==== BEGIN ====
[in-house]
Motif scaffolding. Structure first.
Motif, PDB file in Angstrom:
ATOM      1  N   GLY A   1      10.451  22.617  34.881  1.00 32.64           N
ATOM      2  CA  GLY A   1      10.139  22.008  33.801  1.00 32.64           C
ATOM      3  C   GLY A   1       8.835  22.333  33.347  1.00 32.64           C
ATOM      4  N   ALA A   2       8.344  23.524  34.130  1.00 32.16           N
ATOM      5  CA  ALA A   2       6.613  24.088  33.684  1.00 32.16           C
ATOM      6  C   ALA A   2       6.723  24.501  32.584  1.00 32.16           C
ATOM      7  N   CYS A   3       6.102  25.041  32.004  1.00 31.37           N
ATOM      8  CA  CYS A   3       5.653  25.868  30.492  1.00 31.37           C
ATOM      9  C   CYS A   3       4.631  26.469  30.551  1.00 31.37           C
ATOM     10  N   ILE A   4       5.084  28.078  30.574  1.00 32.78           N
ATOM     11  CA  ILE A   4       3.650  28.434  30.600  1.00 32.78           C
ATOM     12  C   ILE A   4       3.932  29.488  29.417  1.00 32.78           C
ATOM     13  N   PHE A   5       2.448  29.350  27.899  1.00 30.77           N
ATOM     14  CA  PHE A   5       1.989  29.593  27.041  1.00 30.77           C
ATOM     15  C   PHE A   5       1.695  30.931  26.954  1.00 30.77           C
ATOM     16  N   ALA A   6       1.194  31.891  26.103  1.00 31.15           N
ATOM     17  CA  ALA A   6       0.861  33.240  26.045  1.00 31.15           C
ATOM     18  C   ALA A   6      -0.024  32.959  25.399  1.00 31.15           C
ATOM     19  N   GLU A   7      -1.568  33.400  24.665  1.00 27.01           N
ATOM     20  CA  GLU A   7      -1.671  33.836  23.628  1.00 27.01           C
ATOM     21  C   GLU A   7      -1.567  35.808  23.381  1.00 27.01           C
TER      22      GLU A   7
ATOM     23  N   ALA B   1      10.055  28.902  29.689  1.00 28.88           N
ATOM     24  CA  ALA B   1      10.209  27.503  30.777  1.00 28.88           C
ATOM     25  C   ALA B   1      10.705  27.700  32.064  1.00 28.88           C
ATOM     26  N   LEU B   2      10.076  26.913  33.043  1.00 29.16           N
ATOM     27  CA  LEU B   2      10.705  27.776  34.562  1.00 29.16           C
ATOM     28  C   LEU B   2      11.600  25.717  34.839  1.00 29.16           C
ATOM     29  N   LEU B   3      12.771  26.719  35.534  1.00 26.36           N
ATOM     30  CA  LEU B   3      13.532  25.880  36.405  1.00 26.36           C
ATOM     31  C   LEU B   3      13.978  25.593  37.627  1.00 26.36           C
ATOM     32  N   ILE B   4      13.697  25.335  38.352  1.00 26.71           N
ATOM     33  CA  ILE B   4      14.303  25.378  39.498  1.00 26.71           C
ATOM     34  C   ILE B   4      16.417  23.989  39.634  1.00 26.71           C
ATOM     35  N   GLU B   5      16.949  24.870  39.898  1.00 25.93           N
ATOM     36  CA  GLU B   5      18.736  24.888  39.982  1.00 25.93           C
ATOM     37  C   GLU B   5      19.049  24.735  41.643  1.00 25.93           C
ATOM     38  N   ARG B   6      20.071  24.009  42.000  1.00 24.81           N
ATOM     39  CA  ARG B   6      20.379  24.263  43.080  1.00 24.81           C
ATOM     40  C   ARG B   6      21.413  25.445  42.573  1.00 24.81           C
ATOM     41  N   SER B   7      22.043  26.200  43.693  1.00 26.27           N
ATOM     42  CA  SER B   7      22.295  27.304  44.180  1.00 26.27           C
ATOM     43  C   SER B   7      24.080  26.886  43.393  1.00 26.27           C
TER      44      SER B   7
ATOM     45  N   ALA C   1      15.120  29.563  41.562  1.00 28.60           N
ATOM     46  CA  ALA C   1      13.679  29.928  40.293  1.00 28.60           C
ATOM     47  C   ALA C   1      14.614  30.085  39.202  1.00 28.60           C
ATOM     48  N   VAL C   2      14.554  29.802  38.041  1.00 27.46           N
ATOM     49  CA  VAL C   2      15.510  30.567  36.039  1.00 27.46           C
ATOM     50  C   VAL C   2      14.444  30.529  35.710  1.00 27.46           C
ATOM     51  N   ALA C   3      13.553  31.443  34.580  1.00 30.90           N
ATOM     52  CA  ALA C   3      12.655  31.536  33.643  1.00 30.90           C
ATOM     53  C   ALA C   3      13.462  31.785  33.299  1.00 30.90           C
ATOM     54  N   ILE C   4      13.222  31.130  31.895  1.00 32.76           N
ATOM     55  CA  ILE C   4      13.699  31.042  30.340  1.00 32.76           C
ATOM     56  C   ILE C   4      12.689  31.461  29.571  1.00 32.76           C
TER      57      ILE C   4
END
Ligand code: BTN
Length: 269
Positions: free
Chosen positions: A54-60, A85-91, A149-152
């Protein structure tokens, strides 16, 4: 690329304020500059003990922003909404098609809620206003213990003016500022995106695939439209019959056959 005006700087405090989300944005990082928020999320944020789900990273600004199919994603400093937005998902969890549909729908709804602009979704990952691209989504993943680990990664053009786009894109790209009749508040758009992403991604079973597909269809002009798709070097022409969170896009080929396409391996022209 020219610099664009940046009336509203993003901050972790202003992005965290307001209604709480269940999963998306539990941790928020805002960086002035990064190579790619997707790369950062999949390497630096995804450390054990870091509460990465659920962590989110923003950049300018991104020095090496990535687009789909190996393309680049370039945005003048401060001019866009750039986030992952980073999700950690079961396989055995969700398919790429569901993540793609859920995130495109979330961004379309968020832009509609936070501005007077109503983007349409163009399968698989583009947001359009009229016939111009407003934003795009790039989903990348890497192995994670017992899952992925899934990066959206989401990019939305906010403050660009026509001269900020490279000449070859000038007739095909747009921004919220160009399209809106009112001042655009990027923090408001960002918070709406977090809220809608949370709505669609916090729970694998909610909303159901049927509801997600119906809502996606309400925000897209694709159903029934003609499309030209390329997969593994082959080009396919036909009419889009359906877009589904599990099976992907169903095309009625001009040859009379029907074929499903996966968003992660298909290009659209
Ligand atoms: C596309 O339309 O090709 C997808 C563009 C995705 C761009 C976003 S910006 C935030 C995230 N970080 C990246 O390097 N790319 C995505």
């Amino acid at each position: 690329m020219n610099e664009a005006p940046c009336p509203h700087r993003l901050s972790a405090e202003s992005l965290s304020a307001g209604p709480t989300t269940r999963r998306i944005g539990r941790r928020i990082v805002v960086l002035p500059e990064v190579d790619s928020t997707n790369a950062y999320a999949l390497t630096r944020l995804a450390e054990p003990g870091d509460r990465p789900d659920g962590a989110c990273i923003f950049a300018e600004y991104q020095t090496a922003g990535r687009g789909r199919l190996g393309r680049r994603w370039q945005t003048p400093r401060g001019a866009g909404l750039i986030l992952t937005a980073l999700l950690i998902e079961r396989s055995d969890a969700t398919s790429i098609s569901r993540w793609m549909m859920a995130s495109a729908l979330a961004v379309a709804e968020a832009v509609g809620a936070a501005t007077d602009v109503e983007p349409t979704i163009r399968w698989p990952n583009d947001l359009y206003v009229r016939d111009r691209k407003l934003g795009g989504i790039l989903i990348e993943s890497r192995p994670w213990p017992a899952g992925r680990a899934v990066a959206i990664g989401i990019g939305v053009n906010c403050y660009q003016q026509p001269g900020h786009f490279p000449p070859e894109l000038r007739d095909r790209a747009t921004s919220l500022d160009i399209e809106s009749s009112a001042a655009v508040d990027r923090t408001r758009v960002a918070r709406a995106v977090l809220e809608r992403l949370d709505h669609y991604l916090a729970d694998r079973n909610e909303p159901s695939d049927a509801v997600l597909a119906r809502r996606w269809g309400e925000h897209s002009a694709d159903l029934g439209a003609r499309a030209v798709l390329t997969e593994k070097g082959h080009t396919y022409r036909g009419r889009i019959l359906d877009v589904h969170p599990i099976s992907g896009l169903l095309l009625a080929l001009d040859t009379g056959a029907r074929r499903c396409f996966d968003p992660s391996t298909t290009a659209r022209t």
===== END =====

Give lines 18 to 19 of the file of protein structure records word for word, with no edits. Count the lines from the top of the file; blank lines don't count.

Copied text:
ATOM     15  C   PHE A   5       1.695  30.931  26.954  1.00 30.77           C
ATOM     16  N   ALA A   6       1.194  31.891  26.103  1.00 31.15           N